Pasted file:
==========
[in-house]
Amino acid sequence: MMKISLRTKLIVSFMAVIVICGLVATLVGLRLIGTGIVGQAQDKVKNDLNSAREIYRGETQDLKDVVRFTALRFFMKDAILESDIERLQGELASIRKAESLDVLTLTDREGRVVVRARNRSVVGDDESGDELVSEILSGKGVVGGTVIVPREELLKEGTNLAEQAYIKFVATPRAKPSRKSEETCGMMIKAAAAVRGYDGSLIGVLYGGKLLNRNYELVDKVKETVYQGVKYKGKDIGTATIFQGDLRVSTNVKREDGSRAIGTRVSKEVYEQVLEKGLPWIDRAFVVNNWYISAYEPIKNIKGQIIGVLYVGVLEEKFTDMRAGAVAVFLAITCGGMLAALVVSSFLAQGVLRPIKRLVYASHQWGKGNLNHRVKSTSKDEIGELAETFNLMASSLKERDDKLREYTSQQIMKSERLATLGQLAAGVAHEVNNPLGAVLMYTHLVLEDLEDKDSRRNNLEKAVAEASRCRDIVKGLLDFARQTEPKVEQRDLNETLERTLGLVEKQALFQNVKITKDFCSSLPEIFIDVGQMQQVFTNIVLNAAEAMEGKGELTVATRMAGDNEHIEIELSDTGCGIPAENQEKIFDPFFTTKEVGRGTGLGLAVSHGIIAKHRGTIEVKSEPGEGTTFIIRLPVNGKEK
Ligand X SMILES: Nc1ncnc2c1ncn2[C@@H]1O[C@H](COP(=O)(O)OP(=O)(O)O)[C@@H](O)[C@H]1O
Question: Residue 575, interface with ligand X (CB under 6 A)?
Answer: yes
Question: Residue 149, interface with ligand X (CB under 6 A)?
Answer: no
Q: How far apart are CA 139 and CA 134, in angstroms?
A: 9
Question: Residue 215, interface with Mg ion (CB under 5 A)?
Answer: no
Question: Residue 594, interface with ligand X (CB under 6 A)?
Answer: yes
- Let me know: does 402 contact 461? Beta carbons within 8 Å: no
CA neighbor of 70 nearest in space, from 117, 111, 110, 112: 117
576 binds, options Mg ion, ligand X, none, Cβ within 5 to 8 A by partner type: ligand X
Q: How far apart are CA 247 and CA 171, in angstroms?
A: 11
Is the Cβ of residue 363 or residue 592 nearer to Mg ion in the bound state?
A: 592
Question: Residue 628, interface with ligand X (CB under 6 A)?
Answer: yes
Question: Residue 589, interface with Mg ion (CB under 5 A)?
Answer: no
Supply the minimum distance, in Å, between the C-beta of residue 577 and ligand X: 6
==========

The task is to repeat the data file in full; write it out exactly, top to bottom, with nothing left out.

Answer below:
[in-house]
Amino acid sequence: MMKISLRTKLIVSFMAVIVICGLVATLVGLRLIGTGIVGQAQDKVKNDLNSAREIYRGETQDLKDVVRFTALRFFMKDAILESDIERLQGELASIRKAESLDVLTLTDREGRVVVRARNRSVVGDDESGDELVSEILSGKGVVGGTVIVPREELLKEGTNLAEQAYIKFVATPRAKPSRKSEETCGMMIKAAAAVRGYDGSLIGVLYGGKLLNRNYELVDKVKETVYQGVKYKGKDIGTATIFQGDLRVSTNVKREDGSRAIGTRVSKEVYEQVLEKGLPWIDRAFVVNNWYISAYEPIKNIKGQIIGVLYVGVLEEKFTDMRAGAVAVFLAITCGGMLAALVVSSFLAQGVLRPIKRLVYASHQWGKGNLNHRVKSTSKDEIGELAETFNLMASSLKERDDKLREYTSQQIMKSERLATLGQLAAGVAHEVNNPLGAVLMYTHLVLEDLEDKDSRRNNLEKAVAEASRCRDIVKGLLDFARQTEPKVEQRDLNETLERTLGLVEKQALFQNVKITKDFCSSLPEIFIDVGQMQQVFTNIVLNAAEAMEGKGELTVATRMAGDNEHIEIELSDTGCGIPAENQEKIFDPFFTTKEVGRGTGLGLAVSHGIIAKHRGTIEVKSEPGEGTTFIIRLPVNGKEK
Ligand X SMILES: Nc1ncnc2c1ncn2[C@@H]1O[C@H](COP(=O)(O)OP(=O)(O)O)[C@@H](O)[C@H]1O
Question: Residue 575, interface with ligand X (CB under 6 A)?
Answer: yes
Question: Residue 149, interface with ligand X (CB under 6 A)?
Answer: no
Q: How far apart are CA 139 and CA 134, in angstroms?
A: 9
Question: Residue 215, interface with Mg ion (CB under 5 A)?
Answer: no
Question: Residue 594, interface with ligand X (CB under 6 A)?
Answer: yes
- Let me know: does 402 contact 461? Beta carbons within 8 Å: no
CA neighbor of 70 nearest in space, from 117, 111, 110, 112: 117
576 binds, options Mg ion, ligand X, none, Cβ within 5 to 8 A by partner type: ligand X
Q: How far apart are CA 247 and CA 171, in angstroms?
A: 11
Is the Cβ of residue 363 or residue 592 nearer to Mg ion in the bound state?
A: 592
Question: Residue 628, interface with ligand X (CB under 6 A)?
Answer: yes
Question: Residue 589, interface with Mg ion (CB under 5 A)?
Answer: no
Supply the minimum distance, in Å, between the C-beta of residue 577 and ligand X: 6